Marvellous Martinique

Our three countries in one day drew to a close as we approached Martinique in a dying breeze looking forward to another French Island. Typical stunning Caribbean scenery even if a zephyr of a breeze is unusual in the trade wind belt.

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Motoring into Saint Pierre after the wind died completely we were greeted by a beautiful pod of dolphins! Awesome, we love dolphin encounters!

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The water was the definition of the clichés glassy calm and glassy clear so we could easily follow their underwater antics. They are amazingly graceful in their underwater ballet twisting around each other. These guys seemed pretty interested in us as well as they often rolled onto their sides to look up at us wahooing and waving over the forebeam at them. Here you can see two of them doing it. As the pod left us one dolphin lingered and wiggled his body side to side to mimic our waving just before he departed. We had never seen that before. Awesome!

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Saint Pierre is famous for being wiped out by the volcano overlooking the town. Legend has it that as the Europeans were busy killing off the last of the previous inhabitants of the islands in 1658 the Carib’s invoked horrible curses on them. But the island seems to run on Caribbean time and took until 1902 to avenge them. The volcano gave some warning but the new governor and plantation owners were not keen on moving out and of the 30,000 townspeople the only survivor was a prisoner deep in the cells so somewhat sheltered. The prisoner went on to become a circus freak with his scars and the town never fully recovered. Even today it has only a population of about 6,000. I can think of several parallels and lessons in the folly of ignoring our environment and lusting after money above all else that we would be well served to remember. If that’s a bit deep, Hey look the view is nice and you can buy lots of tourist nicknacks in the usual expensive tourist trap shops.


Exploring the town on a scorching hot day. Just around the corner was the eruption museum. I didn’t mind paying the high entry price as it was air conditioned. I had successfully steered the kids away from the photos including the charred corpses until Shannon not realising called them back to see a cool exhibit of petrified food next to them. Que meaningful head nod and quiet whisper and shepherd them past again.

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Several areas of the town are preserved as memorials. Here is the theatre which must have been amazingly grand in it’s day.

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Part of the days plan was one of our occasional treat meals out. The guide books recommendation of good food and wifi had their cost rating inverted as it was way upscale and the menu pricing had us searching elsewhere. We ended up in a colourful local workingman’s café. Yum. On my return visit the next day for blog posts and Dad time I was befriended by slightly drunk locals but no blogs were harmed in the research of local beverages.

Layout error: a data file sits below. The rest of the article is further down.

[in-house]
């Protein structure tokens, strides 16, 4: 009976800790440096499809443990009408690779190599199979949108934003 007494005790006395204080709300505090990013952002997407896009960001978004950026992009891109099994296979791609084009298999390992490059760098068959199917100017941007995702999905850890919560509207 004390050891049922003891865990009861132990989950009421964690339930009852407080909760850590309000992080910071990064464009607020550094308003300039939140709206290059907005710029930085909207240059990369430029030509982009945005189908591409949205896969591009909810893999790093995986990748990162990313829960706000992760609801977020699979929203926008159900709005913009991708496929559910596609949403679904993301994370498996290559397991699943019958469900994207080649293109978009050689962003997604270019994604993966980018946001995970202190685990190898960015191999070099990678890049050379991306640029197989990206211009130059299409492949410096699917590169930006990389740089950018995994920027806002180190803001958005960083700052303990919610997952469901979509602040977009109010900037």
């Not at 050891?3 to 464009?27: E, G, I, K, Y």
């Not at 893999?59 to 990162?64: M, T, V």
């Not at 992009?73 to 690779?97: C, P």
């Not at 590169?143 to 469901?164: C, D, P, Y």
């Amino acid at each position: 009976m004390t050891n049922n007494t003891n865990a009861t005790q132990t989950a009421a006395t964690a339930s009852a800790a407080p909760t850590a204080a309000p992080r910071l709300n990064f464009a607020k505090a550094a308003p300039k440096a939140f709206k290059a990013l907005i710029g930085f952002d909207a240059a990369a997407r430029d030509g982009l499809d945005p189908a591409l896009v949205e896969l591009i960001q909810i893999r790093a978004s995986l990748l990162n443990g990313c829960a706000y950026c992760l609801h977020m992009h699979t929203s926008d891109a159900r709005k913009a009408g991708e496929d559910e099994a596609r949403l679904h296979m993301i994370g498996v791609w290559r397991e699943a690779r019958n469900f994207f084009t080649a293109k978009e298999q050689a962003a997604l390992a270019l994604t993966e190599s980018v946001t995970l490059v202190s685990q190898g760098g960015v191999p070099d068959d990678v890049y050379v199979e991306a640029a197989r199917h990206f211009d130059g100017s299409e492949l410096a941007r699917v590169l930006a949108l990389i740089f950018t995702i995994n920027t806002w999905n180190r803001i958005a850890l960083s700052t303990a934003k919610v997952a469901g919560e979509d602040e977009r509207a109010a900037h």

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Early next morning the mission we chose to accept was to climb to the statue of the Virgin Mary overlooking the bay.

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Some lovely views out over the town. The rainbow is forming in the mist coming off the jungle in the morning sunlight.

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Mission accomplished. Now we just need to get back… Note the big stick leaning on the notice board. On the way up the hill a pack of dogs behind a gate were letting us know that was their territory. Kids, never tease dogs as you don’t know when they may come at you. Sure enough the property was not dog escape proof and they followed us off up the road making Shannon and Boston quite nervous. Amelia just wanted to pat them and take them home as usual. I grabbed a big stick and let them know not to bother us. But walking away from them was easy. The trip home we had to walk up to them and past their gate. Hmmm. My suggestion to all get big sticks and walk calmly past them was not approved by Shannon. Hoping to flag down a lift we were rescued by the local postie who thankfully spoke good English. While we couldn’t all fit in his little car he knew the dogs as noisy not dangerous and kindly parked outside their gate until we got past.

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Haircut time for Boston and I. How do you explain what style you want with no common language…? Hope for the best and it will grow back anyway. Old school gracious gentleman did a lovely job.

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A little further down the coast and we pulled into the capital Fort De France looking for a supermarket to stock up in. Here were are in the covered market that is a centrepiece of each town.

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Man, this touristing is hard work in the heat. I did find a bargain set of flippers at EUR 5 of old stock in a Chinese junk shop. Amelia was well pleased with her bow after her Mk6.5 home made one gave up. The French sure do like their clothes judging by their dress sense and the overabundance of clothes shops. I wondered at the Chinese guy who popped in several times and finally bought a sandwich at this little café we stopped at. The owner had a good laugh with us when he explained he was floored as that it was the first time ever in three years that the family had bought anything from him.